I was reaching for the glovebox latch when a veer in the road caught me off guard. I jerked the wheel, causing the car to slide. My tires rumbled over the strip. The asphalt ended. Gravel shlacked and spit at the axel. Then the car went into a ditch.
            Both airbags deployed and deflated. In the dashboard, an array of beautiful lights turned on. I tried the ignition, but a clicking sound came out of the column. The car was starting to stink of hot rubber. I reached for the latch on the glovebox again, but the impact had jammed it shut.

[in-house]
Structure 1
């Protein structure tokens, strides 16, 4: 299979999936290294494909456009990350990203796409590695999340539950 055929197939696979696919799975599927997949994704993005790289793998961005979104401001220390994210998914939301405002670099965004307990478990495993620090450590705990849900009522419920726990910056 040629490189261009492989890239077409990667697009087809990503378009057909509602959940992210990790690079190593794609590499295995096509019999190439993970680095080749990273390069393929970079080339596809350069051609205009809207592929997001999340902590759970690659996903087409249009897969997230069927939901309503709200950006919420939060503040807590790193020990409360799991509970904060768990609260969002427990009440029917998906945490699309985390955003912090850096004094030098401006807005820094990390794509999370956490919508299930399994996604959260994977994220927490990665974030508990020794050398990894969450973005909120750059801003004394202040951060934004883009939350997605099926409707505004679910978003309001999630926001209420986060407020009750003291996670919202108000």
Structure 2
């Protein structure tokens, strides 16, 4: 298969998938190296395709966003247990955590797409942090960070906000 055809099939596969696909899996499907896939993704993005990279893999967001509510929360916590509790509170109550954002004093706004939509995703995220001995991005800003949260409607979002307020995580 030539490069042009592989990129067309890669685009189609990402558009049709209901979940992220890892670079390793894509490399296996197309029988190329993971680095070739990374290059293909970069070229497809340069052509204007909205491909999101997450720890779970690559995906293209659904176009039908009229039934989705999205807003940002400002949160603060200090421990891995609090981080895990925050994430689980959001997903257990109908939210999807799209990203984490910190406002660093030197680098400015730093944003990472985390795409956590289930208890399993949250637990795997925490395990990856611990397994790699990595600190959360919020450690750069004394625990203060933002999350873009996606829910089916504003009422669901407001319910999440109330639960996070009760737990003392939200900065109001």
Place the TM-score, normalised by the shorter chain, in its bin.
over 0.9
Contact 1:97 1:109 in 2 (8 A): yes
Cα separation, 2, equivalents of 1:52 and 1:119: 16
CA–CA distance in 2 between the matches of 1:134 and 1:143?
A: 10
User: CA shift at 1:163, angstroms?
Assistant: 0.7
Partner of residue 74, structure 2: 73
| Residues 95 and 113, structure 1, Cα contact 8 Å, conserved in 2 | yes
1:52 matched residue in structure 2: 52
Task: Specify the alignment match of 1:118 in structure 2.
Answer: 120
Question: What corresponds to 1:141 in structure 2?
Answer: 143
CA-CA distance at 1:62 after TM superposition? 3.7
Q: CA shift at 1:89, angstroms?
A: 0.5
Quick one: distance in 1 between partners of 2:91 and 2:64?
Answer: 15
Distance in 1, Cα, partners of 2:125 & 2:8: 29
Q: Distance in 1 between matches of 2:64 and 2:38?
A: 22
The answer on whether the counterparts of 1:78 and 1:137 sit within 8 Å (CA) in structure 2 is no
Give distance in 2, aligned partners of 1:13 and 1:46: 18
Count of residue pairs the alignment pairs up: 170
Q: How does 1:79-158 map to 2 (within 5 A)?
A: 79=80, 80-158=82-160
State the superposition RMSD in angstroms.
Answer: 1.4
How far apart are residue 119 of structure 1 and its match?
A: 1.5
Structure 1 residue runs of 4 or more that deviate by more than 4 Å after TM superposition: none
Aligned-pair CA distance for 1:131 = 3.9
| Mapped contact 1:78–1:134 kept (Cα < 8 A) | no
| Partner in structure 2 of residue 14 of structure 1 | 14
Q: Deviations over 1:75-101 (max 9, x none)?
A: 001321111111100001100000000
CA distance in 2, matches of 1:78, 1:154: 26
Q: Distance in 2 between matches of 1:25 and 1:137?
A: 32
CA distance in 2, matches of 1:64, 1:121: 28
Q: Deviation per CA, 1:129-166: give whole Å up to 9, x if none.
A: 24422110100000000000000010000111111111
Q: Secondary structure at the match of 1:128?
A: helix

Outside the car, the damage was obvious. The front wheel—the one that hit first—was bent at a forty-five-degree-angle. Part of the siding had come detached. I peered upward into the rain, dreading the call I had to make. My cellphone was hidden under a pile of clothes in the trunk. I had stashed it there before the service, anticipating a quick getaway, knowing I’d answer if I kept it in reach.
            I had seven missed calls. My Aunt Clara made three of them, then a series of unknown numbers she’d clearly tried to call me from. At this moment, the cellphone was quiet. It gave me a twinge of satisfaction to know I’d outlasted her.
            The feeling subsided as I locked her name beneath my thumb.
            “Hi, Clara.”
            “Where have you been? I tried to call you. Your Mom’s going crazy about it.”
            “I’m stranded like twenty miles outside Harlequin. I crashed the car.”